Dozens of people, including family members of students who were murdered by Jordanian terrorist Ahmed Daqamseh in Naharayim in 1997, demonstrated on Sunday evening in front of the Jordanian embassy in Ramat Gan, over recent calls in Amman to free the terrorist.
110 out of 150 Jordanian MPs have already signed a petition for the release of Daqamseh, who was a soldier in the Jordanian army when he opened fire on a group of students who were visiting the “peace island” of Naharayim on March 13, 1997, as part of a class trip.
Naharayim is located right near the Jordanian border, and Daqamseh opened fire on the girls from the Jordanian side. He killed seven of the students, and wounded six others before being caught by Jordanian soldiers. Daqamseh was sentenced by a Jordanian military court to life in prison.
After Sunday evening’s demonstration, the families of the victims met Jordan’s ambassador to Israel. They sat with him for an hour and gave him a petition with the signatures of over 5,000 Israelis who oppose the terrorist’s release. Shmuel Klein, a spokesman for the AMIT school whose students were killed in the 1997 attack, told Channel 2 News that the ambassador promised that Jordan's King Abullah II would continue the policies of his late father, King Hussein, on this issue and stated that there was no change in the Jordanian policy regarding Daqamseh’s release.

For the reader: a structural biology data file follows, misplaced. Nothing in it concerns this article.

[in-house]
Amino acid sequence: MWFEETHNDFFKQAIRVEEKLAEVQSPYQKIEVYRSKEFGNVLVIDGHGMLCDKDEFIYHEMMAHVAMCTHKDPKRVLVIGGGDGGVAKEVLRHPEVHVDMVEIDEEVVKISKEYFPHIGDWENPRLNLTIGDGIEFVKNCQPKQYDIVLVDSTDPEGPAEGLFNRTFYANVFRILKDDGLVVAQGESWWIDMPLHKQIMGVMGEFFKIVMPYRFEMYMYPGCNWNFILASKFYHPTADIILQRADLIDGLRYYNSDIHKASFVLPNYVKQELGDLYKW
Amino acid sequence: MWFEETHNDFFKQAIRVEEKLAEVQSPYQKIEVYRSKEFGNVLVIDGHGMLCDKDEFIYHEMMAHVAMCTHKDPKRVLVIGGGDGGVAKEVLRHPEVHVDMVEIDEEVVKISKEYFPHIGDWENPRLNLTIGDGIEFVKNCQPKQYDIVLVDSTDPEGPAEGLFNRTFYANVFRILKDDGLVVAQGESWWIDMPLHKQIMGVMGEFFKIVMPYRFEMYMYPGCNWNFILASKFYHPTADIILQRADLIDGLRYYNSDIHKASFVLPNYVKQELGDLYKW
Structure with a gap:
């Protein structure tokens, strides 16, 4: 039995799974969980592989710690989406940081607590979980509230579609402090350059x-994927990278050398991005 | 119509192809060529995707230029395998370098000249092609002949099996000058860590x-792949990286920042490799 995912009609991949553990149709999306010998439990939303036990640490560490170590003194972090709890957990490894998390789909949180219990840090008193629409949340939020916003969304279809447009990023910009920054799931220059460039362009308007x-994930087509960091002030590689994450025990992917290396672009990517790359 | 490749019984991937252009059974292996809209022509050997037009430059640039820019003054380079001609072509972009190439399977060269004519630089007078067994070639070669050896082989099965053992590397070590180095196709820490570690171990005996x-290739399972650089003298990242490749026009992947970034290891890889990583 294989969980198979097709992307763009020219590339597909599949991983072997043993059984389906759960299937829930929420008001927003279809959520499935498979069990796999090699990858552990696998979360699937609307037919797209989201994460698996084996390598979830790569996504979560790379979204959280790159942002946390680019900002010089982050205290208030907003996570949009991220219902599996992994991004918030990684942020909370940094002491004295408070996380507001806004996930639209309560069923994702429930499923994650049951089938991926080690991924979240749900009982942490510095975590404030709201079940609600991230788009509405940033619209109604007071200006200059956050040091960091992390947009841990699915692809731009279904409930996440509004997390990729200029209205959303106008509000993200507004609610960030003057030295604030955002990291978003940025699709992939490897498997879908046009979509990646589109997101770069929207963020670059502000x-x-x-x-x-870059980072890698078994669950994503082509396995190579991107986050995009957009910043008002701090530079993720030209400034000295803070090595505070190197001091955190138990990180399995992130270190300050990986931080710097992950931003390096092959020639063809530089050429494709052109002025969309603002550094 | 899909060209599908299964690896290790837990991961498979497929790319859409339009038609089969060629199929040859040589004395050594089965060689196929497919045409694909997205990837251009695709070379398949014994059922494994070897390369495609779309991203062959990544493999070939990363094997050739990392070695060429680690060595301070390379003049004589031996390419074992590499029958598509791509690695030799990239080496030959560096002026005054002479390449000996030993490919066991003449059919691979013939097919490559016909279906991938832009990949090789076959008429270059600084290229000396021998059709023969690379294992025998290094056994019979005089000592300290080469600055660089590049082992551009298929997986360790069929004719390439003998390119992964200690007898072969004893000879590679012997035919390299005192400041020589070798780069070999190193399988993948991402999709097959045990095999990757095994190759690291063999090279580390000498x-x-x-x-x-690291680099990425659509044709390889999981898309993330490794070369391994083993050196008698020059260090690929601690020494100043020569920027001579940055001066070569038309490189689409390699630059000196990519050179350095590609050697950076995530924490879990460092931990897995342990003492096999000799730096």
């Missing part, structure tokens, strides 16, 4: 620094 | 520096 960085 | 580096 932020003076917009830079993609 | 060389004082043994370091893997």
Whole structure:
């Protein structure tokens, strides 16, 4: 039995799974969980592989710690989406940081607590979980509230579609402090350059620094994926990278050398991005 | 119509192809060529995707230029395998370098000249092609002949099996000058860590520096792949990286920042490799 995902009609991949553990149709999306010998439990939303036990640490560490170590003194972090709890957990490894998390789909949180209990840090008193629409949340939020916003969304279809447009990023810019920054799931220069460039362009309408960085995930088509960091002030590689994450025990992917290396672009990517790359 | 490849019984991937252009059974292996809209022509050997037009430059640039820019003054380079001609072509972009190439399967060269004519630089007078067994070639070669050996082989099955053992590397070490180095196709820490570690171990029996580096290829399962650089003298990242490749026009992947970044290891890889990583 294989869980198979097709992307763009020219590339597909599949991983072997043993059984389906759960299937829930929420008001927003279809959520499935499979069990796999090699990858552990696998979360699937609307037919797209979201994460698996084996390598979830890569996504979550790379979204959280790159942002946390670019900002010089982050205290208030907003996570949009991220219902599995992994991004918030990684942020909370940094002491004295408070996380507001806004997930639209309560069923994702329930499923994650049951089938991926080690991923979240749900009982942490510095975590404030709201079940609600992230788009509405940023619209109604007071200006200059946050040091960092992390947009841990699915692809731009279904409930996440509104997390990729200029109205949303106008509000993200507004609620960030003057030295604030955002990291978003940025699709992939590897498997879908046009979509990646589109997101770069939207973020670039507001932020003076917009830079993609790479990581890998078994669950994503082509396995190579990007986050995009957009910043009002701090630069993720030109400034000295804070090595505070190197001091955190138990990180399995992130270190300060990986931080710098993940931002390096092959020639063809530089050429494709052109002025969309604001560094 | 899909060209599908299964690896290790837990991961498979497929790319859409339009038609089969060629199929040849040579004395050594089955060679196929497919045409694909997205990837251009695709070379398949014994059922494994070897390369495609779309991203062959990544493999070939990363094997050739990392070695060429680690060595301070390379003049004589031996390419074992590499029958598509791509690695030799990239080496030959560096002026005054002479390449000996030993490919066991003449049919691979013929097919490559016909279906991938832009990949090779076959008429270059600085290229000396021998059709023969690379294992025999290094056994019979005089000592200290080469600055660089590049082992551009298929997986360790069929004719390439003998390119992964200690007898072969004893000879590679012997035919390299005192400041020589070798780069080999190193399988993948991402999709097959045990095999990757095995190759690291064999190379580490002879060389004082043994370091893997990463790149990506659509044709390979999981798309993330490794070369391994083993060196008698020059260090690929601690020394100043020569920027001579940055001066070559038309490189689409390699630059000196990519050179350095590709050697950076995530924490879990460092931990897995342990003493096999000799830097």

Following the murders, King Hussein visited Beit Shemesh and personally apologized to the families of the murdered girls.
According to Jordanian law, a person who was convicted by a court, as Daqamseh was, can only be released by the king.
In 2011, the Jordanian Justice Minister, Hussein Mjali, caused an uproar when he called for Daqamseh’s release, claiming that he is “a hero. He does not deserve prison. If a Jewish person killed Arabs, his country would have built a statue for him instead of imprisonment."
Daqamseh has denied committing any crime and has said that he should be freed from prison since he had simply fulfilled his national and religious duty by killing the students.
Photo: Shmuel Klein